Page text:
Awareness campaigns and HCP Toolkits for thyroid health

In 2021, the Australian Thyroid Foundation released analysis to show, well over 1 million Australian are living with an undiagnosed thyroid disorder, including thyroid cancer, lower IQs, lifelong disability, and a causal or possible contributory factor – in the development of other neurological disorders such as ADHD and autism. Some of the challenges for diagnosis and treatment can be addressed by producing material for health care practitioners during patient presentations.

‘Recent statistics show well over 1 million Australians are living with an undiagnosed thyroid disorder, awareness and testing can prevent unwarranted outcomes for mothers and their babies’ says ATF CEO Beverley Garside OAM

Australia has been labelled by the World Health Organisation (WHO) as being iodine deficient, and evidenced in research in 2005-06 by Westmead Hospital and Sydney University (see 1 below)

The World Health Organisation states iodine deficiency during pregnancy and early infancy –the first 1000 days of life when development of the human brain is so critical – is the commonest global cause of preventable intellectual disability (see 2 below)

Thyroid Disorders affect all Australians of all age groups and demographics. Awareness is the key to ensuring the public and healthcare professionals do not overlook a thyroid disorder which could be affecting health and wellbeing.

– 1 in 10 Australians will be affected by some form of thyroid disorder

– 7 of the 10 are women

– Over 1 million Australians are undiagnosed

– 60,000 Australians are diagnosed each year

– Thyroid Cancer is increasing, affecting younger Australians

– Iodine Deficiency & Thyroid Disorders affect pregnancy outcomes for women of childbearing years.

As a Not-For-Profit health charity, The Australian Thyroid Foundation Ltd (ATF) mission is to offer information, education, advocacy and support to members and their families, using services provided by ATF and raise much needed awareness throughout Australia about the consequences of thyroid disease and iodine deficiency and the benefits of achieving good thyroid health.

In recent years ATF has launched campaigns aimed at reaching a number of patient types requiring treatment for the  thyroid gland and thyroid hormone production. These have created some level of awareness within the public and health care professionals (HCPs).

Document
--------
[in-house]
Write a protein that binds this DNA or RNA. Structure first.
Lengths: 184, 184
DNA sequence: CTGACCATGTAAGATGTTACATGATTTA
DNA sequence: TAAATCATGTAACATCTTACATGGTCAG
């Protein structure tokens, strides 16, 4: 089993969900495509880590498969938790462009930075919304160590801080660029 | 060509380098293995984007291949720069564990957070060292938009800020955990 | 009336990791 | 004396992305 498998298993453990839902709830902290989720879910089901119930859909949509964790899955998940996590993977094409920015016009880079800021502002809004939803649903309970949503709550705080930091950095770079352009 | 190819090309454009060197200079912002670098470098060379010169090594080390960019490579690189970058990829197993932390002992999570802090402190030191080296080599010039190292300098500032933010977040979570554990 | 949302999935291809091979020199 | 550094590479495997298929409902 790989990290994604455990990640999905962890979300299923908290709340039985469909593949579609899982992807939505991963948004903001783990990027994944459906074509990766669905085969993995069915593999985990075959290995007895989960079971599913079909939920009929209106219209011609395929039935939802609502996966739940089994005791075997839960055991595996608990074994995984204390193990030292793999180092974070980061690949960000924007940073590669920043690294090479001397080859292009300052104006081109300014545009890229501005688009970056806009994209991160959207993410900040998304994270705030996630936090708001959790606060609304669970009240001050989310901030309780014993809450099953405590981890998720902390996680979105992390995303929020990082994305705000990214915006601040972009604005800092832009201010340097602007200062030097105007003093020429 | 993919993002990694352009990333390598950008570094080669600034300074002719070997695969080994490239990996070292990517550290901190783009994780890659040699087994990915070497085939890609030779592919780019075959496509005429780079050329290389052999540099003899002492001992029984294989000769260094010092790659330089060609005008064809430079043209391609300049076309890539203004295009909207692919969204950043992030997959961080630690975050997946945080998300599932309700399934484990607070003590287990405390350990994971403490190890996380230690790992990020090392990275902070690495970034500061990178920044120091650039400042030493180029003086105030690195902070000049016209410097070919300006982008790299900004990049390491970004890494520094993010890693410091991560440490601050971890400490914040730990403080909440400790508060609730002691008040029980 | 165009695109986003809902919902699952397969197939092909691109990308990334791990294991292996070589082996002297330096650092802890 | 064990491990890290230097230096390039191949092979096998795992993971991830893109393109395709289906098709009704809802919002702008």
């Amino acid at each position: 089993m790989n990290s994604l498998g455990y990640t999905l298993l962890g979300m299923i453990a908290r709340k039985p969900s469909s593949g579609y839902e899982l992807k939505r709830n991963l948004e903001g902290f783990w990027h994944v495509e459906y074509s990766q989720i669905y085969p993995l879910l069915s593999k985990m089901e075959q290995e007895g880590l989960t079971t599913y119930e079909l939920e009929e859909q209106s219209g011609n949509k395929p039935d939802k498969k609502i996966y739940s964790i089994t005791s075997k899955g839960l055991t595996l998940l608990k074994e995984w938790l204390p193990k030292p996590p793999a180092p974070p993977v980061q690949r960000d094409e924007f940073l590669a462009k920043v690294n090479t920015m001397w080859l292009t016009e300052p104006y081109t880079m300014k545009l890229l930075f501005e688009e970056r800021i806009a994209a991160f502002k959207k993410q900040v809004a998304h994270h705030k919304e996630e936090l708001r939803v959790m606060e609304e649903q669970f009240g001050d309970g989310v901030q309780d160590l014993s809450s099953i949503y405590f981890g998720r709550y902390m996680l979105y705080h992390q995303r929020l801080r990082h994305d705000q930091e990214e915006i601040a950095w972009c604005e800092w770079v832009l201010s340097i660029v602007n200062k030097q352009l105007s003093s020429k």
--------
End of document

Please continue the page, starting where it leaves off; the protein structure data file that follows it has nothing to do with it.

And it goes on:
The Australian Thyroid Foundation has lodged a Pre-Budget Submission for the Federal Budget 2024-25 to counter increasing misinformation on social media creating dietary deficiencies such as an increasing number of young women, who are planning pregnancy or already pregnant opting for plant based milks such almond, soy or oat milk coffee as an alternative to standard cow’s milk, which is a source of iodine and alternate milks do not include.

Australian Health Journal spoke with endocrinologist, Adj. Prof. Duncan Topliss AM, a Medical Advisory Board Member at The Australian Thyroid Foundation Ltd, about issues raised in the submission.


1. Evidence for iodine deficiency in the Australian population was derived from a national study on Australian schoolchildren in 2003-2004 in which the ATF actively participated with a large group of Australian clinical researchers. The outcome was the implementation of the mandatory iodine  fortification of all salt  used in the baking of bread and bread products in Australia and New Zealand.

2. Multiple studies undertaken on pregnant women have revealed that iodine intake in at least 50% of pregnancies in Australia is deficient, despite the addition of iodised salt to bread, putting the next generation of Australian children at risk of neuro-developmental disorders and lower IQ.

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